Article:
10 food cheats for the efficient, the busy, the knackered, and the budget-conscious
Munching Matilda is not put together by a pair of professional chefs. Instead, Sam and I are enthusiastic home cooks who are trying to share our love of food with everyone, ideally in ways that are easy and affordable for these ridiculous times. As such, food cheats are important – these are the kind of things that can save time, money and energy. Whether you’re busy, knackered, broke, or you’ve gone to the supermarket and discovered that the shelves are starting to resemble the consumer choices of East Germany circa 1974, you can probably benefit from some unpretentious food cheats.
- Tinned tomatoes: Especially tinned, chopped tomatoes, these are cheap, they last for ages, the hard work has been done during processing, and they taste good. I try to always have a good stock of tinned tomatoes on hand – it makes an easy pasta sauce or blends up really well in a tomato soup.
- Bottled lemon or lime juice: Sometimes you only need a little juice and there’s no point cutting an entire lemon or lime in half, especially if you live in a small household or you’re not in the mood for a few G&Ts. These bottles make it easy to measure juice by the teaspoon or tablespoon, the juice lasts for ages, there’s no need to worry about pesky lemon seeds – and you won’t find a long-forgotten half-a-lemon-or-lime languishing at the back of the fridge weeks later. And for anyone with dexterity issues, such as arthritic hands, bottled juice beats the hell out using a manual juicer.
- Readymade pastry: Whether it’s puff pastry or shortcrust, sometimes life really is too short to make pastry from scratch. Some people find making pastry to be therapeutic, other people find it to be a messy, frustrating waste of time. If you need to make a dessert in a hurry, or a savoury pie just cannot wait, readymade pastry is the way forward. Another great readymade pastry food cheat is to use any pie leftovers to make biscuits – roll out, cut, bake, sprinkle with sugar.
- Readymade soup: I love making a soup from scratch but sometimes I’m busy and I just want to open a tin or one of those plastic soup tubs from Sainsbury’s. But it’s not just a quick, warming lunch – throwing readymade soup into a dish can save time and add flavour. Sam’s special chicken pasta uses tinned soup to excellent effect.
- Thickening granules: Sometimes, no matter what you do, the bloody sauce just won’t thicken. If you add flour towards the end, this will often leave you with white, splotchy lumps. Thickening granules – I like McDougalls’ with the bright blue tin – are worth keeping in the cupboard. You don’t need much to hurry along the thickening process. The granules taste of nothing so they won’t spoil the flavour and they’re a lifesaver during impatient moments.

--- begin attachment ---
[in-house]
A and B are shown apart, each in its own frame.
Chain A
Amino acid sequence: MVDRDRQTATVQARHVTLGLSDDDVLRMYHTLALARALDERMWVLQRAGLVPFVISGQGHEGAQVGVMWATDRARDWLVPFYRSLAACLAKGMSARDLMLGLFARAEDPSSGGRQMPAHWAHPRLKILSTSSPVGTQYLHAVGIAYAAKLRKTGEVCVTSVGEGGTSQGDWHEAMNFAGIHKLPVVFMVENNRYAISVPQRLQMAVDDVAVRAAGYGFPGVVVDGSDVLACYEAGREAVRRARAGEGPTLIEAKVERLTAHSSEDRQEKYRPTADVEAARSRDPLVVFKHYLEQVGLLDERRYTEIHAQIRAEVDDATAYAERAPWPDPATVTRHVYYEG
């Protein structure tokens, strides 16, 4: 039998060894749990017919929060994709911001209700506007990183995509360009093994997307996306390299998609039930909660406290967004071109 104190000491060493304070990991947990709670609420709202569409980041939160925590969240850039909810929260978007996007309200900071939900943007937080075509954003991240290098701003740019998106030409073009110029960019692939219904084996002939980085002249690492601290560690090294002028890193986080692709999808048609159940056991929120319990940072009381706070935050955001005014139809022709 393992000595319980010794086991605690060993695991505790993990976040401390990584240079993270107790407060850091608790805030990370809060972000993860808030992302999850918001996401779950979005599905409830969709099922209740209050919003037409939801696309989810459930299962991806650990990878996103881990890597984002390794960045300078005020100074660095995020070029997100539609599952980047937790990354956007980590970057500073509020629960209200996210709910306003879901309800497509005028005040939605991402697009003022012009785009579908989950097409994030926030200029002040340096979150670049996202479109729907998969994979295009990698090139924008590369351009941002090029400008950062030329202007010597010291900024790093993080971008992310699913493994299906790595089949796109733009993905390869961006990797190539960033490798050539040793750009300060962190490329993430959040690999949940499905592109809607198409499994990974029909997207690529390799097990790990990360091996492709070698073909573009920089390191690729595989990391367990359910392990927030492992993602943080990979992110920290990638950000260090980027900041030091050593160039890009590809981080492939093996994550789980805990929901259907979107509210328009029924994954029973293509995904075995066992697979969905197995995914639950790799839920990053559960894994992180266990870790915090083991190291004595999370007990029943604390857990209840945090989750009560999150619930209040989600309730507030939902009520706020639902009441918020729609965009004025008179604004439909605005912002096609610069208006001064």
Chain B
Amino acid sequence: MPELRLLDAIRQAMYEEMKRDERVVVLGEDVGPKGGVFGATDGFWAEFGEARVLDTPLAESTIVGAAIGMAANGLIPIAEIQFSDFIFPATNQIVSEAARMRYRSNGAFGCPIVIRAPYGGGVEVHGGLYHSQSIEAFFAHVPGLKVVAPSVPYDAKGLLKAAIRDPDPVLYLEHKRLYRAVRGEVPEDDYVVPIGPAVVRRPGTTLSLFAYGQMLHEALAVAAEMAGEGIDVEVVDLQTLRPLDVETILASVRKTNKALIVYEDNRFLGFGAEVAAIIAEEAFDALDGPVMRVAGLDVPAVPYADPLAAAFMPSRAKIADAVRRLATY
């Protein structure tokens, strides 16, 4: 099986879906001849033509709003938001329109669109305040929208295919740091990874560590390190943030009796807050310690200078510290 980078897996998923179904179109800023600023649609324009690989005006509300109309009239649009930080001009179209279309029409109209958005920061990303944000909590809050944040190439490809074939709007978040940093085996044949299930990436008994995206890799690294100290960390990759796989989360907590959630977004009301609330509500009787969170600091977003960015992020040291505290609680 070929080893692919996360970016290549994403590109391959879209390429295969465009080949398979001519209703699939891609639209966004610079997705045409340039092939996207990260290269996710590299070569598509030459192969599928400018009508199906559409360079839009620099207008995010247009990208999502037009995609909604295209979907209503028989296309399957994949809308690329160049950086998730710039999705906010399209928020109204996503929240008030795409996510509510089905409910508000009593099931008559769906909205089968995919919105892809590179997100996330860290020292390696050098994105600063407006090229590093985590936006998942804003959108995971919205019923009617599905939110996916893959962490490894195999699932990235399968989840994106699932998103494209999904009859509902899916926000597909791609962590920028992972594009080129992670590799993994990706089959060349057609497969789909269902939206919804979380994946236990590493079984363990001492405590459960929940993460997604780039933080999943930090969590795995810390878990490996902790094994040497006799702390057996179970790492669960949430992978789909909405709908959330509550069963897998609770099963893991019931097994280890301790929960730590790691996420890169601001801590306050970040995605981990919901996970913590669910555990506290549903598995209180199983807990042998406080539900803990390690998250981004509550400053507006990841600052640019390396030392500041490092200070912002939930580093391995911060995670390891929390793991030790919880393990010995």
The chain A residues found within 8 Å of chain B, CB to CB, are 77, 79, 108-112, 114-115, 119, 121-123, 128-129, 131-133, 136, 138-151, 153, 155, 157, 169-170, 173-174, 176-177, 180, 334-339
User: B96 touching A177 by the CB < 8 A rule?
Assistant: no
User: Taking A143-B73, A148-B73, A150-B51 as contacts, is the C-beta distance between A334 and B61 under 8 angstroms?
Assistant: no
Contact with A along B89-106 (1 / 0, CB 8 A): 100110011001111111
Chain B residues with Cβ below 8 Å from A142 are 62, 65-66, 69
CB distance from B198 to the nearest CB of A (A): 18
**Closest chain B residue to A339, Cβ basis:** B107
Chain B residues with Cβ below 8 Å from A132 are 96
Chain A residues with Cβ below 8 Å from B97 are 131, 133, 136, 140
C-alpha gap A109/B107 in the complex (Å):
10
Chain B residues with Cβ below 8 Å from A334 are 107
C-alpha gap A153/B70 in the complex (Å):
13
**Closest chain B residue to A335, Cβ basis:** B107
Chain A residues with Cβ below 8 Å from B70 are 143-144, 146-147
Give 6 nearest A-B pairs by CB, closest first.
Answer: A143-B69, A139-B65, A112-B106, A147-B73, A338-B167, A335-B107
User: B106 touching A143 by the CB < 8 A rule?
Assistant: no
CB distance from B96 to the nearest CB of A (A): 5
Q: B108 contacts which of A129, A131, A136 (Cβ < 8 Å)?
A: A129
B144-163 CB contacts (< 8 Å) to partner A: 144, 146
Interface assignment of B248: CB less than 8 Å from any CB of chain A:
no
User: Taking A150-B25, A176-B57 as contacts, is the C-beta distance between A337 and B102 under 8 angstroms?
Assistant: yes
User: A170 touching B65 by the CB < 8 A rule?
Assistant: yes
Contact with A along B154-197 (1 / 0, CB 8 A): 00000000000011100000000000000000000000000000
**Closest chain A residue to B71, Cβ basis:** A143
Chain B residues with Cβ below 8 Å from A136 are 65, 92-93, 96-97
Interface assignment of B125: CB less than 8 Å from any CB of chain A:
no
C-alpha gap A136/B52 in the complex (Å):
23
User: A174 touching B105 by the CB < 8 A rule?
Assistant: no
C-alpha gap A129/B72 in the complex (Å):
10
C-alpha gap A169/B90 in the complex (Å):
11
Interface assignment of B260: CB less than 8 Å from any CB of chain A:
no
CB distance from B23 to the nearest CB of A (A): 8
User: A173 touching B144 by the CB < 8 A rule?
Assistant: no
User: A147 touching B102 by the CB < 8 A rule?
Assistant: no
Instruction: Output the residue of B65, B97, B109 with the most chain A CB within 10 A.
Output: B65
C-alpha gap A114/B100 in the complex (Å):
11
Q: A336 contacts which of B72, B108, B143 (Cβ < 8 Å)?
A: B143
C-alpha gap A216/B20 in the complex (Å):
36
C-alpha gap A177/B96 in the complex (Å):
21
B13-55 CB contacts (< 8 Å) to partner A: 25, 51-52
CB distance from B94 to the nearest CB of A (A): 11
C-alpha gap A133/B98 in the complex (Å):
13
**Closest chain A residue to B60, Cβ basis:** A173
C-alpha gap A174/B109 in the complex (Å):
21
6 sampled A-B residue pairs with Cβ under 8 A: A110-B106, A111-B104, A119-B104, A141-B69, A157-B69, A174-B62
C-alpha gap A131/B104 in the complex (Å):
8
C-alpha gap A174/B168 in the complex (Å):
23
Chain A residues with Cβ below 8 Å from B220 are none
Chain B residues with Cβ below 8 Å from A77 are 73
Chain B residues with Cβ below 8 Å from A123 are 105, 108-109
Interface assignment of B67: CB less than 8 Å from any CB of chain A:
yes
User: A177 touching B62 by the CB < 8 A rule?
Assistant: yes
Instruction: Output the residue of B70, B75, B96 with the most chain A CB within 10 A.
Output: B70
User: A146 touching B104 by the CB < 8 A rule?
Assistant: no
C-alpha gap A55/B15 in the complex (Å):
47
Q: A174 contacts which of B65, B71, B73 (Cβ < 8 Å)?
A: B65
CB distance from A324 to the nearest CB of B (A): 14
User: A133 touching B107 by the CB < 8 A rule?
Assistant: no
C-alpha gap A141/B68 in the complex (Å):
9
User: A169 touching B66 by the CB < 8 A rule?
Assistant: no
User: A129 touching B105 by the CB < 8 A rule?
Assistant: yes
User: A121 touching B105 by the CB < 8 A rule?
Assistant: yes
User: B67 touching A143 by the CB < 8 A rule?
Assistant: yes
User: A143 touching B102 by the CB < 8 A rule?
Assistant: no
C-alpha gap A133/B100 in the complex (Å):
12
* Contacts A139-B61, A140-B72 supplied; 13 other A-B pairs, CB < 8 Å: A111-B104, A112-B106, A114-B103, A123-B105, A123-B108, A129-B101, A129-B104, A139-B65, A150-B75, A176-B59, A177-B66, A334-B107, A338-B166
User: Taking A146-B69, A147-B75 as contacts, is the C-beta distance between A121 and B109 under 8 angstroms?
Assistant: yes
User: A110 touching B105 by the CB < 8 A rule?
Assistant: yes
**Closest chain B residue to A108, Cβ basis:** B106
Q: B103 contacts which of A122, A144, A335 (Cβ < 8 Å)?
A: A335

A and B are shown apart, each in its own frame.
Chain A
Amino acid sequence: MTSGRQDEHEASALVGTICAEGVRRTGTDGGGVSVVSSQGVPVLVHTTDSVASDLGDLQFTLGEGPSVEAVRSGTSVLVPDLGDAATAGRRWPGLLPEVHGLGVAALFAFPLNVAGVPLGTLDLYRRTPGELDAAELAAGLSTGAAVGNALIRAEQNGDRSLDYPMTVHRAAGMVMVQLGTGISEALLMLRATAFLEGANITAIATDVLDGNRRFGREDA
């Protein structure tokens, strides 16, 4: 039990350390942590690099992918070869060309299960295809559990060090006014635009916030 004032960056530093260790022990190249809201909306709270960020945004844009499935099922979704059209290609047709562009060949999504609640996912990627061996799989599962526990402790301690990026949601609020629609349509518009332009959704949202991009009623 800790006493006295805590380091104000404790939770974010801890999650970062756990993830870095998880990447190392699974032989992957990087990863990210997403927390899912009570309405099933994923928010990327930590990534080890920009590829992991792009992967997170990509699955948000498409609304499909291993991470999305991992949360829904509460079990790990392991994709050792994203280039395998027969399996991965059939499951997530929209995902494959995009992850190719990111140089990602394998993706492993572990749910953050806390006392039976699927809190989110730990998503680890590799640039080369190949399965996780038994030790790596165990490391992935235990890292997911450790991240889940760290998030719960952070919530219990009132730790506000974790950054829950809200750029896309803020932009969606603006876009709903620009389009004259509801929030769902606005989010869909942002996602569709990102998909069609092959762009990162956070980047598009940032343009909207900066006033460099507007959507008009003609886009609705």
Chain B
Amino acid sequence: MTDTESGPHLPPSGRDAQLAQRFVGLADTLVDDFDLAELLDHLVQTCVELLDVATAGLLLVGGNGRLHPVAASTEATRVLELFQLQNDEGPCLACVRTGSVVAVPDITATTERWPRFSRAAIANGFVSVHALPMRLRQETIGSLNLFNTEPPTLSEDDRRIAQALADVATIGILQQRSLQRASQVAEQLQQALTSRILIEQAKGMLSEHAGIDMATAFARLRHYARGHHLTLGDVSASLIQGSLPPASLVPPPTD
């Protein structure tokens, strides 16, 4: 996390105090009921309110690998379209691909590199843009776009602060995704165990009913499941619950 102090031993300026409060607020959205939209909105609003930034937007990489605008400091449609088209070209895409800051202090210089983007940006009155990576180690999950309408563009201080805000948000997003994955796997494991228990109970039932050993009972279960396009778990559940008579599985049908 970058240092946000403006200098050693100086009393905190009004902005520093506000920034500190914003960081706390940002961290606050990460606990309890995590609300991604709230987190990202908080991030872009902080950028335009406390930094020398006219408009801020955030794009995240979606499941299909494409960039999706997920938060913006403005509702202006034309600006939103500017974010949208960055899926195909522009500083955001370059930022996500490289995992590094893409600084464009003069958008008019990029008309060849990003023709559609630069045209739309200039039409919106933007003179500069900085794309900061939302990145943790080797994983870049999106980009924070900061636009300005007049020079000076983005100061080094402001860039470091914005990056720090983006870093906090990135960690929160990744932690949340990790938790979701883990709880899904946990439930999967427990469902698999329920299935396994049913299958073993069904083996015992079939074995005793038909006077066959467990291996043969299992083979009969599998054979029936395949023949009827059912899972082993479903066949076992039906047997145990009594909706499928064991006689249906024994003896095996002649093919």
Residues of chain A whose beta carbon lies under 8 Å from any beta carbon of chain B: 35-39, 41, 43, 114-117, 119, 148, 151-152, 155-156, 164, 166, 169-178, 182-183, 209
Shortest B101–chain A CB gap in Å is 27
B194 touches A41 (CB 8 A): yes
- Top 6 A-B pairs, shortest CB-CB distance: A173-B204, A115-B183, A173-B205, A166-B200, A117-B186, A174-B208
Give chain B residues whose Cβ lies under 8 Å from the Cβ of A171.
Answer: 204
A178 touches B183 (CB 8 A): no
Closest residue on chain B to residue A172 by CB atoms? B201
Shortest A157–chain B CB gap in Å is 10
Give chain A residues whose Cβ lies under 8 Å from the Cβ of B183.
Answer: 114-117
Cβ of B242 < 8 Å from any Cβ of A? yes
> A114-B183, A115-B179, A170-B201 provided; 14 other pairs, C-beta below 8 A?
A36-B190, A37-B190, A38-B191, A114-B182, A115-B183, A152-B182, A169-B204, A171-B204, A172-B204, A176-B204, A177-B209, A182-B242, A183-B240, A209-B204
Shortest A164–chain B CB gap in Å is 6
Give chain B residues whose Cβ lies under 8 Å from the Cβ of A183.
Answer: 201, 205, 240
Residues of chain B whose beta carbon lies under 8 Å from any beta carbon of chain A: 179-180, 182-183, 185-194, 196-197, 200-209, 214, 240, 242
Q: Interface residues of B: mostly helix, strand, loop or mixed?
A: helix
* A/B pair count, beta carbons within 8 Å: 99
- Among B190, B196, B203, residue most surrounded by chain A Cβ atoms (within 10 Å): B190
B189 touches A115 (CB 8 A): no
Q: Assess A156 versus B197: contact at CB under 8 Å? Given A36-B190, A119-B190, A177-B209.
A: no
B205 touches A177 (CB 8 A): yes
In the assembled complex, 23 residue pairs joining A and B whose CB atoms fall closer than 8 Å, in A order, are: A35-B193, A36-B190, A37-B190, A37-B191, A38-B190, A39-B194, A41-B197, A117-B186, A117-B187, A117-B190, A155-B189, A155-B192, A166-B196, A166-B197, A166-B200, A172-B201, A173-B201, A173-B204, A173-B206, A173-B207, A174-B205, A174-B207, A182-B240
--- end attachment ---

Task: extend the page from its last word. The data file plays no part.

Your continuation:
- Pre-cut vegetables: I once found myself in an embittered Facebook argument after I admitted that sometimes I use pre-chopped onion. I was accused of all manner of slovenly laziness, to which I happily confessed. In my freezer stockpile, I have loads of little bags of pre-chopped onion – they each cost me all of 28p at Asda – and it means that I’ve always got chopped onion on hand, even when I haven’t gotten around to going to the shops. Plus there’s no tears or stinky hands. And, like bottled lime and lemon juice, pre-cut vegetables are great for anyone who finds chopping to be physically painful. As well as pre-cut onions, I’ll happily buy pre-cut pumpkin so I don’t strain my bony little wrists.
- Worcestershire sauce or brown sauce: Most of us have a bottle of at least one of these lurking in the cupboard. Either one is great for an instant flavour hit to a soup, sauce or stew. In a pinch, you can mix it with some boiling water, salt, pepper and your favourite herbs and spices for an instant stock.
- Pesto: Mix some through hot pasta, toss on a bit of grated cheese, and it’s a very easy lunch or dinner. And, like the aforementioned sauces, a dollop of pesto can add an instant flavour hit to a range of dishes. If you get in the habit of keeping a jar in the fridge, you might be surprised at how often you reach for it.
- Sausages: Obviously, sausages are great for bangers and mash, a filthy breakfast butty when you’ve got a hangover, or toad-in-the-hole. But you can also use the meat inside for stuffing or to bulk out a pasta sauce.
- Frozen vegetables: When vegetables are picked at their best and frozen, they stay at their best. Nobody should be ashamed of using frozen vegetables. They’re brilliant. One of my loveliest food memories is shelling peas with my grandmother – but, as much as we bonded at her kitchen table in Sydney that afternoon, I don’t think I’ve shelled a pea since. Click here and here for tips on frugal freezing from Sam.